Spring break abroad means it’s time to pack your bags and head to another country. I decided to head to the home of pizza and pasta, Italy. I actually have a friend who is studying in Urbino, she has been there for almost a year so our ventures in Europe were quite interesting.

We were meant to spend a week in Cinque Terre, but like expecting Italians to be on time, it didn’t happen. Our initial plans were to visit Cinque Terre and relax by the water all while staying at someone’s home that we found on a new, but popular site that’s like free version of Airbnb: Couchsurfing.

After six hours of train and bus rides, we arrived in Cinque Terre from Urbino. Simply. Amazing. We were exhausted from traveling but we did not let it get the best of us. We explored Cinque Terre and after a couple of hours we decided to head to our home for the rest of the week, thank you Couchsurfing.

We had to take a bus to get to the village where we would be staying. We thought we missed the bus but it was just really late – about an hour. The driver was very kind and gave us directions and explained that the bus would stop quite far from where we needed to go, but he made an exception and went a bit further just for us. We got off of the bus and it felt like we were in the middle of nowhere. We were literally in a forest.

We decided to call our host and he told us that we were in the right area, we just had to keep walking until we saw a bridge. He would be waiting for us there. I am very paranoid and began second-guessing this plan. We finally reached the bridge and met with our host who was very kind. I still did not feel comfortable because I had never done anything like this before. When we reached his home we felt a bit better because it was a normal area. It was quite late so he gave us a tour of the home and led us to our room. It was freezing.

As soon as he went to his room, which was on the third floor, we looked at each other and began laughing hysterically. It was a nervous laugh. We both felt super uncomfortable and, as a result, we did not sleep. We decided to change our plans and stay in hostels for the rest of the week. After this, the rest of our plans changed as well. We lived day by day, basically.

We left our host’s home feeling sad that we did not feel comfortable, but we both grew up in families that taught us that trusting people is almost impossible. We finally arrived at the bus stop and we were waiting for an hour until we realized that it was Easter Sunday and the buses only ran every two hours. We waited a bit longer and a man who walked by told us that if it was coming, it would have already been there. If we waited any longer we would just be wasting time, so we decided to hit the highway.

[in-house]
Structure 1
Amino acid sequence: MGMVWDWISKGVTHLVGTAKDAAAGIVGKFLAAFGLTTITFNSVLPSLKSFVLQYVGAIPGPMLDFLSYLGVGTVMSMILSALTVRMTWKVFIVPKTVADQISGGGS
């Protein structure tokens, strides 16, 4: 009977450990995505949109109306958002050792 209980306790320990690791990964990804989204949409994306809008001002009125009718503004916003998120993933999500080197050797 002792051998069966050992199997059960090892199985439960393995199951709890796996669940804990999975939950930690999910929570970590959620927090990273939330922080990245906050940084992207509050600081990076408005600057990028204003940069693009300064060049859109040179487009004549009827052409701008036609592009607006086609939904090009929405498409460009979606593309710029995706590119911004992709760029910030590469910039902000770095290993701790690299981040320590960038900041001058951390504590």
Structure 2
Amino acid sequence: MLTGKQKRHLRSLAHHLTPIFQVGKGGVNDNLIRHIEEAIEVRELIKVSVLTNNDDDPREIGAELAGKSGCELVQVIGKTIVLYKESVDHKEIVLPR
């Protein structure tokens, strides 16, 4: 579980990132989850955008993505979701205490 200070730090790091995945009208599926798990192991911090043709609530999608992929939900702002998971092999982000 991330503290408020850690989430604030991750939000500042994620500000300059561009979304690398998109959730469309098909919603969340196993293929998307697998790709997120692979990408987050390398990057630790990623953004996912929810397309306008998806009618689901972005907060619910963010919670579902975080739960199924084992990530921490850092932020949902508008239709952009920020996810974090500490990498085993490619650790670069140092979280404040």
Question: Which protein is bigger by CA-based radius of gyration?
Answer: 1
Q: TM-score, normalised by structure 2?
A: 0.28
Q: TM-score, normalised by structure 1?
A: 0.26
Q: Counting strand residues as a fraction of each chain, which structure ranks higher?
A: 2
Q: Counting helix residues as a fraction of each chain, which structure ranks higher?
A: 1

We began walking and 10 minutes into the walk I jokingly put my thumb up as if I wanted to hitchhike. To my surprise, it actually worked. We were hesitant once again, but realized that we had to have faith that there were still good people in this world. We only expected a ride to the train station, but they actually took us all the way to where we needed to be, Cinque Terre. They reminded us to be careful and told us that they had daughters and would not want them to be doing what we were doing.

Lesson learned.

After this we played out our weekday by day staying in hostels and we ended up visiting not only Cinque Terre, but Pesaro, Urbino, Pisa, Bologna and Viareggio. I really enjoyed my spring break and throughout the week I learned that sometimes trust is something that people fail to consider prior to going abroad. One must always be alert, but there are good people out there who truly want to help others. Italy has done an amazing job of teaching me this.

Restaurants trust you enough to keep feeding you even if you don’t have cash and there’s an ATM around the corner. People trust to let you in their home, vehicle and make your stay in Italy as comfortable as possible. Most importantly, they don’t do it because they have to, but because they are truly considerate and also believe that good still exists in this world.

I love Italy and cannot wait to be back. Ciao!


ThaliasmallThalia Bernal is earning a bachelor’s degree in Economics at San Diego State University. She is blogging from Rotterdam, the Netherlands, during spring semester 2016.

Comment on this post

Fill in your details below or click an icon to log in:

WordPress.com Logo

You are commenting using your WordPress.com account. Log Out / Change )

Twitter picture

You are commenting using your Twitter account. Log Out / Change )

Facebook photo

You are commenting using your Facebook account. Log Out / Change )

Google+ photo

You are commenting using your Google+ account. Log Out / Change )

Connecting to %s

%d bloggers like this: